Alternate Title Facts Forum News, Vol. IV, No. 8, September 1955
Series Title Facts Forum News
Creator
  • Facts Forum
Publisher Facts Forum
Date September 1955
Language eng
Subject
  • Anti-communist movements
  • Conservatism
  • Politics and government
  • Hunt, H. L.
Place
  • Dallas, Texas
Genre
  • journals (periodicals)
Type
  • Text
Identifier AP2.F146 v. 4 1955; OCLC: 1352973
Collection
  • University of Houston Libraries
  • Facts Forum News
Rights No Copyright - United States
Item Description
Title File 013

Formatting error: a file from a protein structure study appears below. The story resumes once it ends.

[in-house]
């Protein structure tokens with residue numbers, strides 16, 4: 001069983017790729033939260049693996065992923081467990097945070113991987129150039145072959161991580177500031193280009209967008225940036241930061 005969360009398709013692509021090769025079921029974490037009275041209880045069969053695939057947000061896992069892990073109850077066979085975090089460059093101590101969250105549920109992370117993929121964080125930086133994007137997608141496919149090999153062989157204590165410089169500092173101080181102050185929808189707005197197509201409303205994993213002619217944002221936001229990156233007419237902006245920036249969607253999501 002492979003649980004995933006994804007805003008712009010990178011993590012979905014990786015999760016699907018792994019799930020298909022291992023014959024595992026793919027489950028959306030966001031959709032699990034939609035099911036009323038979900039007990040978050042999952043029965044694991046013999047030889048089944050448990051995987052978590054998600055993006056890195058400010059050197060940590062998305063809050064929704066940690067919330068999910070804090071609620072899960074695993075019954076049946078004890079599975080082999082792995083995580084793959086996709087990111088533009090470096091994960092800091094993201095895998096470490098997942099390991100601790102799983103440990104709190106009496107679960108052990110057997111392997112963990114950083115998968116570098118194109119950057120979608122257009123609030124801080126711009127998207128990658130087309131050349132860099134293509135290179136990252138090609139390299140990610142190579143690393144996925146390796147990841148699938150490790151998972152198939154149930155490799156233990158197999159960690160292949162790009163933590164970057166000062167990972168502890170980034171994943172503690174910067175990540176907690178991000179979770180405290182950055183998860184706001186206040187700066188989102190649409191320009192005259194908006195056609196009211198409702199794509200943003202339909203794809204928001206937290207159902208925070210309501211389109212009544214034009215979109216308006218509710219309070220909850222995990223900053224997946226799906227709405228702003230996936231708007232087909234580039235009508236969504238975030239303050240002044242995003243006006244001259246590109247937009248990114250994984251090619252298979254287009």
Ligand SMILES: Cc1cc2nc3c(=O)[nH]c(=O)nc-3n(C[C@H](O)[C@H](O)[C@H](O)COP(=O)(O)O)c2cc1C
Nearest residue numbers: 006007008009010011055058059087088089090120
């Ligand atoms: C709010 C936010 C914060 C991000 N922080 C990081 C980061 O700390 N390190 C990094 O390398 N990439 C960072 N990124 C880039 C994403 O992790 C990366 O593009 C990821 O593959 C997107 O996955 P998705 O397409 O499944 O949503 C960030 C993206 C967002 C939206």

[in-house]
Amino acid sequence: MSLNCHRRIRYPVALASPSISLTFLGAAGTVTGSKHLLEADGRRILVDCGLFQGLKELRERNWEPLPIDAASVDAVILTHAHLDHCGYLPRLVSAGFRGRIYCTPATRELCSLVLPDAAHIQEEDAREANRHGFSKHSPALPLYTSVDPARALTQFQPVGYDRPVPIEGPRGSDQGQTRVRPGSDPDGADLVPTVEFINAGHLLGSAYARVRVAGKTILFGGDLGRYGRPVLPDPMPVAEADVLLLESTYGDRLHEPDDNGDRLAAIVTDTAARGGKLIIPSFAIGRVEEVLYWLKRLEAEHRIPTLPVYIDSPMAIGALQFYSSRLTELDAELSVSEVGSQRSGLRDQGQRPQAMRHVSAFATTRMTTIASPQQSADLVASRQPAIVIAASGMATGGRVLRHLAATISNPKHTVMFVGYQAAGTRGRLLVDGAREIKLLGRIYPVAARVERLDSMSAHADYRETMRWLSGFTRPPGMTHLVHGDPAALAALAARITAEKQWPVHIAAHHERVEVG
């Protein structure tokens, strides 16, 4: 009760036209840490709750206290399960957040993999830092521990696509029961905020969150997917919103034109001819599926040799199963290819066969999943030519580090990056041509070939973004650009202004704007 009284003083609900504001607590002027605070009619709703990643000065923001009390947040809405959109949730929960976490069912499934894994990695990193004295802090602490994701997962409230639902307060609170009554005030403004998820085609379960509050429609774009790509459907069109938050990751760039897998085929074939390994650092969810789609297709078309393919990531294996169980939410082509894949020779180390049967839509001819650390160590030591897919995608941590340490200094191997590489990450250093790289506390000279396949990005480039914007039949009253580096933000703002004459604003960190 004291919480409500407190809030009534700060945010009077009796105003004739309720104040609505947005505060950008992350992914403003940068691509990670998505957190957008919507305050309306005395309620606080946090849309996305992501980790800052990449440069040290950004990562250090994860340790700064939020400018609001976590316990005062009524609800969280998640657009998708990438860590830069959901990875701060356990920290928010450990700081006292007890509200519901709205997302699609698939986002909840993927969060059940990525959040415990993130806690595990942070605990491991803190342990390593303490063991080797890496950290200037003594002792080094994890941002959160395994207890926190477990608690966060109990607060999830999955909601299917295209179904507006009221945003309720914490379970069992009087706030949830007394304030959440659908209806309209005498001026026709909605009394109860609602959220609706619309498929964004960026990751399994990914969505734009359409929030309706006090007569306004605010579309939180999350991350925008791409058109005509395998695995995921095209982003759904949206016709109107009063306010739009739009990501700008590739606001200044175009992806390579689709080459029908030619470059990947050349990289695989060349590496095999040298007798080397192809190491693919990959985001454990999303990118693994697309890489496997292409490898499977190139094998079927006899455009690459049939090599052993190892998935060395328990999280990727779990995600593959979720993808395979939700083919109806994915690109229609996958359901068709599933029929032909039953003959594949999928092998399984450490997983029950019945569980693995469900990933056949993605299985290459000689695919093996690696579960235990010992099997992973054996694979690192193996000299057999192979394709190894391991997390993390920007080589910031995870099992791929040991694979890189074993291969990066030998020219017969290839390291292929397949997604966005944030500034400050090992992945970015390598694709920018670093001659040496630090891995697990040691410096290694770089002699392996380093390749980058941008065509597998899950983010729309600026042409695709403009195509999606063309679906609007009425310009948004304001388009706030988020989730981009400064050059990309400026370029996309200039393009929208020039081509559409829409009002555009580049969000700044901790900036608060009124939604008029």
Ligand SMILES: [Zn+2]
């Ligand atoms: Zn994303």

Transcript iked WBRICKER AMENDMENT? FOR Senator Bricker Interviewed on Facts Forum's Reporters' Roundup Senator John W. Bricker, sponsor anel author of the Bricker Constitutional Amendment, was questioned recently on "Reporters' Round- Up" by a panel of well-known and able reporters: Mr. I.. Edgar Prina of the Washington Evening Star; and Jack Doherty of the New York Daily News. Mr. Robert F. Hurleigh, nationwide news commentator and Director of Mutual Broadcasting System's Washington operations, served as moderator. PRIMA: Senator, will you state briefly the aim of the proposed ltrie-k.-r Amendment to the Constitution of the United Slates? Bricker: It's very simple. The first section of the Amendment would prevent any treaty or international agreement from violating any of the terms of the Constitution. Tin second section woulel prevent treaties and international agreements entered into by the President and foreign powers from becoming internal law except through action of the Congress, and if they affected thc rights of the states, through the action by the slate legislatures. The third section would require a roll call vote of the Senate before thc ratification of a treaty submitted by the President. PRIMA: I see. Senator, many of the proponents of the \inendment suy that it would reduce or prevent the abuse of the treaty-making power. Now can you point to any abuse of this power by a President in the last four years, or since you first introduced the Hricker e\mendmenl': Bricker.' They have been very careful not to send any amendments down, within recent months anyway, lhat would violate the principle of the Amendmenl. There was one lasl year—that was the treaty wilh Israel which would have permitted professionals to practice in this country without regard tee alienage, which would have set aside the constitutions of many of the states which require citizenship for doctors and lawyers, and set aside the laws of many more states which have the same requirements in them. For instance, to illustrate, if thai treaty bad also carried a provision to the effect that one who had been admitted lo the I'll.lice of the professions in that country could likewise practice in this country without educational requirements "i examination, that would have sel aside likewise slab' laws ami -late constitutions, ami that was admitted by Dean Criswold of Harvard in bis cross-examination in the hear- ings, PRIMA: I see, Senator, but call you point to one treaty, **ly in the last four years, which in your opinion would not nave been concluded and approved by the Senate if there had been a Bricker Amendment? (Continued on Vnge 12) AGAINST Senator Lehman Expresses His Views Before U. S. Senate Our Constitution has been in effect 165 years, and during that long period it has been amended on onlv thirteen sep- eneili' occasions. In only one instance was a constitutional amendment which had been approved ever repealed. That weis the prohibition amendmenl. which had been enacted in haste and under the pressure of propaganda, and was repealed only after a debate which deeply divided the country and detracted the attention of the public from much more- vital and basic issues of the time. Our Constitution has now worked well for 165 years, and has been an effective document for the protection of the freedoms and liberties of the American people. There have been verv few instances where there has been any occasion for the people or for any states to claim that their rights have been abridged by reason of the treaty-making power of the United Slates. That record is a rather good one. WARNS AGAINST HASTY ACTION So I warn the Senate against hastily approving, on an emotional basis, anything so fundamental as an amendment lo thc Constitution of lhe- United Stales. Once approved and ratified, should it later develop to have been an unwise undertaking, it woulel be a difficult thing to undo. Let us consider carefully and soberly what it is proposed thai we do. I hope we do not do it; in fact. I am very confident we will not do it. I am convinced that lhe supremacy of the Constitution over treaties ami executive agreements, if necessary to be reaffirmed at all. and their relationship to internal law. should be reaffirmed and clarified at this time by joint resolution, rather than bv amending the Constitution. If there were, in fact, any substantial question as to the supremacy of the Constitution, a constitutional amendment would be not only appropriate but imperative. But in a situation like the one actually before us, where there is no sound ground for doubting thc supremacy of the Constitution, an amendment of the Constitution would create more confusion and uncertainty than it could conceivably remove. In actual practice, we know from our recent experience lhat the Congress has not been indifferent to the consequences of Supreme Court decisions. Within the past decade the effects of Supreme Court decisions have been remedied e.n eit least four occasions. Congress provided for state regulation of the insurance business, after the Supreme Courl had held it subject to the federal antitrust laws: lhe claims for portal-to-portal pay were extinguished by act of Congress (Continue,! on Pime It,, r, 1955 PACTS FORUM NEWS, September, 1955 Page 11